Effects of alcohol before conception
Couples who want to conceive should avoid alcohol as it can reduce fertility. A woman who takes five drinks or less a week can find it difficult to conceive.
Drinking alcohol during pregnancy
Alcohol is a toxic substance. A woman’s liver takes about 90 minutes to break down one unit of alcohol.
When you drink alcohol in pregnancy, your unborn child also drinks. The alcohol passes from your bloodstream through your placenta into your baby’s bloodstream. Your placenta is not a filter. Your unborn baby doesn't have a developed liver to process alcohol.
In early pregnancy, drinking heavily or binge drinking can increase the risk of miscarriage.
How alcohol affects an unborn child
Medical guidelines advise pregnant women not to drink alcohol. A baby’s heart, brain and skeleton are formed in the first 10 to 50 days of pregnancy. If you’re pregnant and drink alcohol, this can affect:
- the way your baby develops in the womb
- your baby’s health at birth
- your baby’s vulnerability to illness in infancy, childhood, adolescence and adulthood
- your child’s ability to learn
Drinking in pregnancy increases the risk of your child having foetal alcohol syndrome (FAS) and foetal alcohol spectrum disorder (FASD). These conditions are 100 per cent preventable if you don’t drink alcohol while you’re pregnant.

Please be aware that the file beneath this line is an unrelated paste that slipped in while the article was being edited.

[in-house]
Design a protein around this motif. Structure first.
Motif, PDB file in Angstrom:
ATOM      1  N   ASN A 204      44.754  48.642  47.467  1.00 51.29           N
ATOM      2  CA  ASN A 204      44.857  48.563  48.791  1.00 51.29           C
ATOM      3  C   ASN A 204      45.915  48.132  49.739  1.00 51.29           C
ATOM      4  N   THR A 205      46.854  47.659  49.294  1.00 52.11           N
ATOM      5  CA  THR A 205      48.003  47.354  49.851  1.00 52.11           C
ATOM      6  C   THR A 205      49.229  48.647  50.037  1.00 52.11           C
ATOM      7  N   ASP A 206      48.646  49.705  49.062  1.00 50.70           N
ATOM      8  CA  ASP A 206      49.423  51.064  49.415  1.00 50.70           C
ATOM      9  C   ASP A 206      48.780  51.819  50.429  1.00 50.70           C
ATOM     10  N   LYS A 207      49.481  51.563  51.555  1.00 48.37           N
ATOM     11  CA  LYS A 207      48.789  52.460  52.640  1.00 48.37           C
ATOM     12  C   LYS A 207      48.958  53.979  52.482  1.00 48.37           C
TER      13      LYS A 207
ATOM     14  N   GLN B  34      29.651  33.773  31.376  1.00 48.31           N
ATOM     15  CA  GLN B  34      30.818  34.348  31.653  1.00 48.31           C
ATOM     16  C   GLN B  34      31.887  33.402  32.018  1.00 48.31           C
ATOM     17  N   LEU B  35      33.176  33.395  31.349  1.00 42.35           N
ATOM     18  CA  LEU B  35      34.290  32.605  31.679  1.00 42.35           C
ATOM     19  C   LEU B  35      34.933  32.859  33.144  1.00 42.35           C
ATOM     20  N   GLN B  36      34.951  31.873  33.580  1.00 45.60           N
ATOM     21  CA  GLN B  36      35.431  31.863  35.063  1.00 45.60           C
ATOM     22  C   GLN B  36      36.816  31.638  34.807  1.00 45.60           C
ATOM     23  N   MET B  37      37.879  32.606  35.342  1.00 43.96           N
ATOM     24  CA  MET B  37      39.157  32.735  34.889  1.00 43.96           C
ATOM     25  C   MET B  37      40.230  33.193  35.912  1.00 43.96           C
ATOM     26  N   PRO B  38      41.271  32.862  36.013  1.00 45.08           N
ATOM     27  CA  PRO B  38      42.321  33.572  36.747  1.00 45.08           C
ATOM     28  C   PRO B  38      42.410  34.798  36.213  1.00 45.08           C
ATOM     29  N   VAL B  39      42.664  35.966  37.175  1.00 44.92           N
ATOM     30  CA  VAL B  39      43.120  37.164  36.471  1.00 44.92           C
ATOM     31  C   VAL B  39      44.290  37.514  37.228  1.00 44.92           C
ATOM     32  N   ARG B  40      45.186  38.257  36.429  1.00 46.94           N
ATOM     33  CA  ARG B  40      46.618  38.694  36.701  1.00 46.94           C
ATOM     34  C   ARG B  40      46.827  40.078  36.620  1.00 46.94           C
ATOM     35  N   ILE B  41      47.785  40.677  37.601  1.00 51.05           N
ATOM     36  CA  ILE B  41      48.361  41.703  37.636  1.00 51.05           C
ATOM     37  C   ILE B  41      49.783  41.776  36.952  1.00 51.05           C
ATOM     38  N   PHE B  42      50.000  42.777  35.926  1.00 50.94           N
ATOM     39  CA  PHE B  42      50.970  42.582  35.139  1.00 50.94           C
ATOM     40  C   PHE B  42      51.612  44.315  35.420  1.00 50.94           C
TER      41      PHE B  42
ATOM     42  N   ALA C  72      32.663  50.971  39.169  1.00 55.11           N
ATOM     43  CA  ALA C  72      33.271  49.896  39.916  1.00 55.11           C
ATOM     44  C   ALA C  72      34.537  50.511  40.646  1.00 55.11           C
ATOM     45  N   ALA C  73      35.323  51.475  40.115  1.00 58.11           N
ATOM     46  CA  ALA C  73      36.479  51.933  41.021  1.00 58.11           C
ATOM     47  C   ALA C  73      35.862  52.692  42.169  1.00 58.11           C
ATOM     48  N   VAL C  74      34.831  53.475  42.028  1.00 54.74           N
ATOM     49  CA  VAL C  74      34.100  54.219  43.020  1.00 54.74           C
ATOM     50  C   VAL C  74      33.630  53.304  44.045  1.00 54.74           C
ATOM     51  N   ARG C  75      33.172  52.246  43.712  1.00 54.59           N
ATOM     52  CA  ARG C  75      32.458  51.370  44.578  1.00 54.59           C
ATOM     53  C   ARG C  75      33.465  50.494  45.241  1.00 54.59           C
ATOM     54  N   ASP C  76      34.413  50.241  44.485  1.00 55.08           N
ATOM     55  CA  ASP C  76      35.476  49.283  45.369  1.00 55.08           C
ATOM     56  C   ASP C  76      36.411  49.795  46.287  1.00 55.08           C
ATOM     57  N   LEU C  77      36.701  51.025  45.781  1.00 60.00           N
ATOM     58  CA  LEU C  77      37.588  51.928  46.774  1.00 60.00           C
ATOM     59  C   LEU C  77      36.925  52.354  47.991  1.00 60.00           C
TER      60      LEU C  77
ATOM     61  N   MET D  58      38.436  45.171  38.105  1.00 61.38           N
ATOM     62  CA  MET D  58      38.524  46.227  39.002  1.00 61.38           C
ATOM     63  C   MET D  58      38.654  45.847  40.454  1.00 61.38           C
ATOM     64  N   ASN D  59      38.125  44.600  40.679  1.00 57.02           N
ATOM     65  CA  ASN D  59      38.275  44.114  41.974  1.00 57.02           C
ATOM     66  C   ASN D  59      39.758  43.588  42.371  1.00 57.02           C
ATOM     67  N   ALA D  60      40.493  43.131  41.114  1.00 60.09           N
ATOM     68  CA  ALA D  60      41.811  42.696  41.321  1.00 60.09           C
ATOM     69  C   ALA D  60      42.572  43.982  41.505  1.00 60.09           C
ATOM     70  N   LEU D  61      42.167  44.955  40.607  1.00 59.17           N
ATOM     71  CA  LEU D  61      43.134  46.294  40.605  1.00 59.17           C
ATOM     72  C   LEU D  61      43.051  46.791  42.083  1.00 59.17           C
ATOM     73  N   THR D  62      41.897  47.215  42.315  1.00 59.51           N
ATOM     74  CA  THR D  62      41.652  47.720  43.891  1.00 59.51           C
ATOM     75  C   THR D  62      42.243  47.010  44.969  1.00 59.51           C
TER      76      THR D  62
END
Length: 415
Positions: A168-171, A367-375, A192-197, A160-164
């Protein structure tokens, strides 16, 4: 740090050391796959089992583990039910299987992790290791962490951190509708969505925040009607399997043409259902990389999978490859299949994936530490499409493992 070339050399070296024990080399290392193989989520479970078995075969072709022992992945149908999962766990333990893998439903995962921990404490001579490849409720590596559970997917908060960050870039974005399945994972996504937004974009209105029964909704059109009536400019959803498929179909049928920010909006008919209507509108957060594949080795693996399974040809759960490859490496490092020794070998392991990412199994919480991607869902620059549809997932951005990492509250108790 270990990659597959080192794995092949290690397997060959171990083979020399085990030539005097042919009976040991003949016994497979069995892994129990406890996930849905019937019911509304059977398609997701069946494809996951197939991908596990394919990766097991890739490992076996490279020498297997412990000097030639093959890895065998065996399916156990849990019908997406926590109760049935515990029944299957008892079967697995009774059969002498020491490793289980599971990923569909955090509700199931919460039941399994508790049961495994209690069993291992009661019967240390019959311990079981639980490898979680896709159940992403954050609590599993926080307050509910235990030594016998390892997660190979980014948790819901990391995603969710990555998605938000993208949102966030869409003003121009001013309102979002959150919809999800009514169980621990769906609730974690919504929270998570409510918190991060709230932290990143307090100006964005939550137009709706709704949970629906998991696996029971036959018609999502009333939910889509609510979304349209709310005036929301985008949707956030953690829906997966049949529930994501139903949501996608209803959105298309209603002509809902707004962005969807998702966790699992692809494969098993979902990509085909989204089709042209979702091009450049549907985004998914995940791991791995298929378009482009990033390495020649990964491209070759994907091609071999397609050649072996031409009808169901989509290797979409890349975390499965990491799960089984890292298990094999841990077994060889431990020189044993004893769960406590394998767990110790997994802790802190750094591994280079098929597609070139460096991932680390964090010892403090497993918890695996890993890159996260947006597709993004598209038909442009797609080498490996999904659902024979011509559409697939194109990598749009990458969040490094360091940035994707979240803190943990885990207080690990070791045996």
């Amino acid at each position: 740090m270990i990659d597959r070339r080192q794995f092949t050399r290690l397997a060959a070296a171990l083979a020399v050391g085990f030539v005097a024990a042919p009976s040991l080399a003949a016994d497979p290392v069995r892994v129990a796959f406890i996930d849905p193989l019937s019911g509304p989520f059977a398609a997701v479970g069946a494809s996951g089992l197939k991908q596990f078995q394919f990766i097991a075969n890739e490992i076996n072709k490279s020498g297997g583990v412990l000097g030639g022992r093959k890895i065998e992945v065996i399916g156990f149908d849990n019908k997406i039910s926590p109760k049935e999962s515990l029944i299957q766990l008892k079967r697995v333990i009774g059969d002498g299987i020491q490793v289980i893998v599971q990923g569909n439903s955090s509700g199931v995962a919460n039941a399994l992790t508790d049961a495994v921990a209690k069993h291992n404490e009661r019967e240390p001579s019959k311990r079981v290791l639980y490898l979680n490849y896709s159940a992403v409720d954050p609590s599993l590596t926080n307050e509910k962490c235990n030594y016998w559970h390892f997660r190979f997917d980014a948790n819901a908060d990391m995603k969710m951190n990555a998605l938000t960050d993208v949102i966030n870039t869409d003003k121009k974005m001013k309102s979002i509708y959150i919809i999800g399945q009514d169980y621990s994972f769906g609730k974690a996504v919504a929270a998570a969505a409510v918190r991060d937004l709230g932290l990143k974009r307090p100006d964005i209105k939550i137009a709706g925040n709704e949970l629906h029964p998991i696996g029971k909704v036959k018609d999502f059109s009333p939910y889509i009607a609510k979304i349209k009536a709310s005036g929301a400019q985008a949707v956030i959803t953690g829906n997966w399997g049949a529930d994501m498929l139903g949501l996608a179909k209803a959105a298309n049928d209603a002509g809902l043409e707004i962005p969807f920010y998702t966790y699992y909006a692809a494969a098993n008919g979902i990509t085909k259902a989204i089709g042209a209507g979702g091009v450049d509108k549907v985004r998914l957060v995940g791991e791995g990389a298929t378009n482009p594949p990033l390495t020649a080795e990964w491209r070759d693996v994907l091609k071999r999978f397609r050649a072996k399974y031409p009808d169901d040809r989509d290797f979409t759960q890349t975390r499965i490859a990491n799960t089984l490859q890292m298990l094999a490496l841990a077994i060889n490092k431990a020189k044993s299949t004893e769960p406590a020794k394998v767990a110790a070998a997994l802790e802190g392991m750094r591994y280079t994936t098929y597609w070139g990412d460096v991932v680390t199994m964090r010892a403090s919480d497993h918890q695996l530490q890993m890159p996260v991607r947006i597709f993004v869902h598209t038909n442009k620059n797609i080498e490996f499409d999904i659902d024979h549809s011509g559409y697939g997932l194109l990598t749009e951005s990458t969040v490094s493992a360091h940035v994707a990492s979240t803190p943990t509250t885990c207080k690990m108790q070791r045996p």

Foetal alcohol syndrome (FAS)
A child born with FAS was exposed to high levels of alcohol throughout the pregnancy.
The child can experience:
- growth problems
- facial defects
- life-long learning problems
- behavioural problems
Foetal alcohol spectrum disorder (FASD)
A child with FASD might look healthy, but has hidden symptoms including:
- problems with their sight
- problems with their hearing
- difficulty learning
- problems paying attention and following simple instructions
- difficulty getting along with people
- difficulty controlling their behaviour
Children born with FASD may need medical care all their lives and special educational support.
Drinking heavily during pregnancy can also increase the chances of complications at childbirth and the risk of premature delivery, miscarriage and stillbirth.
Help to stop drinking
If you are concerned about your drinking while pregnant, you should ask for help and advice from:
- your midwife
- your obstetrician
- your GP
- your health visitor
You can also get confidential help and support from counselling services in your area.
Sudden infant death syndrome (SIDS)
If you drink alcohol when you have a young child, it isn’t safe to sleep beside the child. By drinking two units of alcohol, you increase the risk of sudden infant death syndrome (SIDS) due to rolling over and smothering the child.